A COUNTY resident whose husband was killed in a road crash has urged other victims to seek support through Police and Crime Commissioner backed bereavement support service RoadPeace.
Police and Crime Commissioner John Campion, is backing RoadPeace to deliver two new support groups which will offer those that have been affected by road crashes the opportunity to meet others similarly affected.
Meg Warren, who attended the first support group meeting for bereaved victims last month, spoke out about the importance of local and specialised support for road crash victims.
“My husband was killed ten years ago in a road traffic collision. Having been an A&E nurse for many years I thought that I could deal with anything thrown at me. But nothing ever prepares you for the massively traumatising journey that follows when you lose a loved one in such a violent and premature way, especially when you have witnessed it as I did,” she said.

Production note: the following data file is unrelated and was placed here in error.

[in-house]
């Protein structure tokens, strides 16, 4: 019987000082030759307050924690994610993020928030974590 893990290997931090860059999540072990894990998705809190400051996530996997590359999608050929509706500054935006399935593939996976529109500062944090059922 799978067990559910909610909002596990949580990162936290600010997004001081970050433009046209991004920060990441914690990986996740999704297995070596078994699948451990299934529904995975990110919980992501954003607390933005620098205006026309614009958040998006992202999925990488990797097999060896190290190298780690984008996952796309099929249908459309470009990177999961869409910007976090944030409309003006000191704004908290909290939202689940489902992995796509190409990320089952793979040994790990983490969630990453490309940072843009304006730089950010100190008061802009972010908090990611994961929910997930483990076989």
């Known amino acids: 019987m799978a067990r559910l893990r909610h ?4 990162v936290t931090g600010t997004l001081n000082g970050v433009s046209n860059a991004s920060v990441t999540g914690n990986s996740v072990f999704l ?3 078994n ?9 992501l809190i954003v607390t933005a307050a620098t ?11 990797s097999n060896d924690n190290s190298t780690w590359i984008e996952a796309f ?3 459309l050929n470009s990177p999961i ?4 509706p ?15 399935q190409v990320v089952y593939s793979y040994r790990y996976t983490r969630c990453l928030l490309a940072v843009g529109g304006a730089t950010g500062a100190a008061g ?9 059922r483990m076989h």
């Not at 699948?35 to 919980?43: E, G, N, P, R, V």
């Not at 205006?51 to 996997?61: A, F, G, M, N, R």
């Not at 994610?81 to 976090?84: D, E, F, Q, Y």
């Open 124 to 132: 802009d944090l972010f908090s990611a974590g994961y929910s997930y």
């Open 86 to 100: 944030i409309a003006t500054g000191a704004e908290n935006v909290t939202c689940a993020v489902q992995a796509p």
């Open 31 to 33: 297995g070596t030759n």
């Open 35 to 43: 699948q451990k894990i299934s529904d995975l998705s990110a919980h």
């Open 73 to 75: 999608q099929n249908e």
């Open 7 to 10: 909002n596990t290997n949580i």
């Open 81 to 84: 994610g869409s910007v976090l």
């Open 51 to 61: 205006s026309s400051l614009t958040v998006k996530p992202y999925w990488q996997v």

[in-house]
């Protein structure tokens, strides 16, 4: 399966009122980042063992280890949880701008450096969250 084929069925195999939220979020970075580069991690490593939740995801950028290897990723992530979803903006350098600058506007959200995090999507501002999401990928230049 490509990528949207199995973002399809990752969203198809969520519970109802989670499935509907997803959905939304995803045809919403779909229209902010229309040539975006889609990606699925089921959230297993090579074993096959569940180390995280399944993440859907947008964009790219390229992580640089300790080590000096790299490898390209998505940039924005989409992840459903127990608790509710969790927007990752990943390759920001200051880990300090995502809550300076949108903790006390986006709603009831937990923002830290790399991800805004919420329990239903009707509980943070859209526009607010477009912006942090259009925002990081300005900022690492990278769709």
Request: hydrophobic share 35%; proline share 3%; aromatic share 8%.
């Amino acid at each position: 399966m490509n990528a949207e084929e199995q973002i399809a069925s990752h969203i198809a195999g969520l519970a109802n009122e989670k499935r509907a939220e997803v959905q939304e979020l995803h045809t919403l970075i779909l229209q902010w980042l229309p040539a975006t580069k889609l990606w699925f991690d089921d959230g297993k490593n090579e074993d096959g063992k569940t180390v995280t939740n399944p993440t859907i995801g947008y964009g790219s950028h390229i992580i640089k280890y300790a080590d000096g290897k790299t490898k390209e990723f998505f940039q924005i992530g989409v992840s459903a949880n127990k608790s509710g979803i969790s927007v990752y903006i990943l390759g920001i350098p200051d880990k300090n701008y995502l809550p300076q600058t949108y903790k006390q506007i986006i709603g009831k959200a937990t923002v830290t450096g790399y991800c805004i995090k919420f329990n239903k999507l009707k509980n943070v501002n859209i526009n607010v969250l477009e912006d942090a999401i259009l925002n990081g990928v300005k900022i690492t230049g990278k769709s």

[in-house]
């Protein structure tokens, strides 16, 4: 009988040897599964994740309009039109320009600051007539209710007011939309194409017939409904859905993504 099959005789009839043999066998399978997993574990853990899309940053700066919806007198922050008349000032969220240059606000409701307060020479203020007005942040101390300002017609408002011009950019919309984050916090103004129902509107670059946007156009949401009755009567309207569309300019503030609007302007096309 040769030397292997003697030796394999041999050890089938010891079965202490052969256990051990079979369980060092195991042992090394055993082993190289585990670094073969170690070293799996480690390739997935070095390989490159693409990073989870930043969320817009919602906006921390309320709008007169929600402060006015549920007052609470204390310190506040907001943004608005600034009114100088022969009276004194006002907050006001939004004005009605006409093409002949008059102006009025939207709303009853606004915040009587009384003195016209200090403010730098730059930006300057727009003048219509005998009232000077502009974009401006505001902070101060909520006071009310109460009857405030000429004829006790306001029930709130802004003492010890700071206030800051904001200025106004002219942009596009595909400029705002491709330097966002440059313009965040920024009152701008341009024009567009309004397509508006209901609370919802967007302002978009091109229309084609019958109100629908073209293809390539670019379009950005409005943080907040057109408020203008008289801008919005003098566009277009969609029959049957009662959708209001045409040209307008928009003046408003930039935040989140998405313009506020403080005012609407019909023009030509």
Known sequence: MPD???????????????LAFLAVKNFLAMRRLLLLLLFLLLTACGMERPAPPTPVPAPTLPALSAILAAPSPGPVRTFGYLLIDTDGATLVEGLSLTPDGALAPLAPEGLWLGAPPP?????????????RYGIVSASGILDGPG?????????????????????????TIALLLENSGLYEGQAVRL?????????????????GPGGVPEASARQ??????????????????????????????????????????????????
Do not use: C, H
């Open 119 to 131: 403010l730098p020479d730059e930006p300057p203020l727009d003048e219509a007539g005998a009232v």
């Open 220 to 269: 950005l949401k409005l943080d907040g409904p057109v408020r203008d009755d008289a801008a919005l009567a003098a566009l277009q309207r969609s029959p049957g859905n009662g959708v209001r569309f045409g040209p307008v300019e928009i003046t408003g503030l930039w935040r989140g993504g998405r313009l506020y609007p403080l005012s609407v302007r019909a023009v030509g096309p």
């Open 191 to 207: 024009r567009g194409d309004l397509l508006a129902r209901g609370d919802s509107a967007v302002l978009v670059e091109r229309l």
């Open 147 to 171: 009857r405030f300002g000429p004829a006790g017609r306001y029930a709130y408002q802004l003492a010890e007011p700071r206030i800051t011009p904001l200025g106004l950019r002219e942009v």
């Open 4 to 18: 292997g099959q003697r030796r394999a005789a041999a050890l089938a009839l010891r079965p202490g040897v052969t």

“You lose confidence, you question your feelings and emotions as you struggle with not only trying to understand how and why it happened but deal with the many aspects of the investigation and legal process that follows.
“For me, this journey was done alone. I hadn’t heard of RoadPeace and I had many battles to fight.
“If only I had had that support, my journey would have been very different. I quickly joined my local group, and it was so empowering meeting others in the same situation. I can only describe it as being in a club that no-one wants membership of, yet every member understands your pain and anguish and is hugely supportive,” she said.
Due to current restrictions, all meetings, which are to be held bi-monthly for each group on the last Wednesday of the month, will be held online using Zoom.
The next meeting for bereaved families will take place on Wednesday March 31 from 6pm to 8pm.
The first meeting for injured victims will be taking place next Wednesday (February 24), again from 6pm to 8pm
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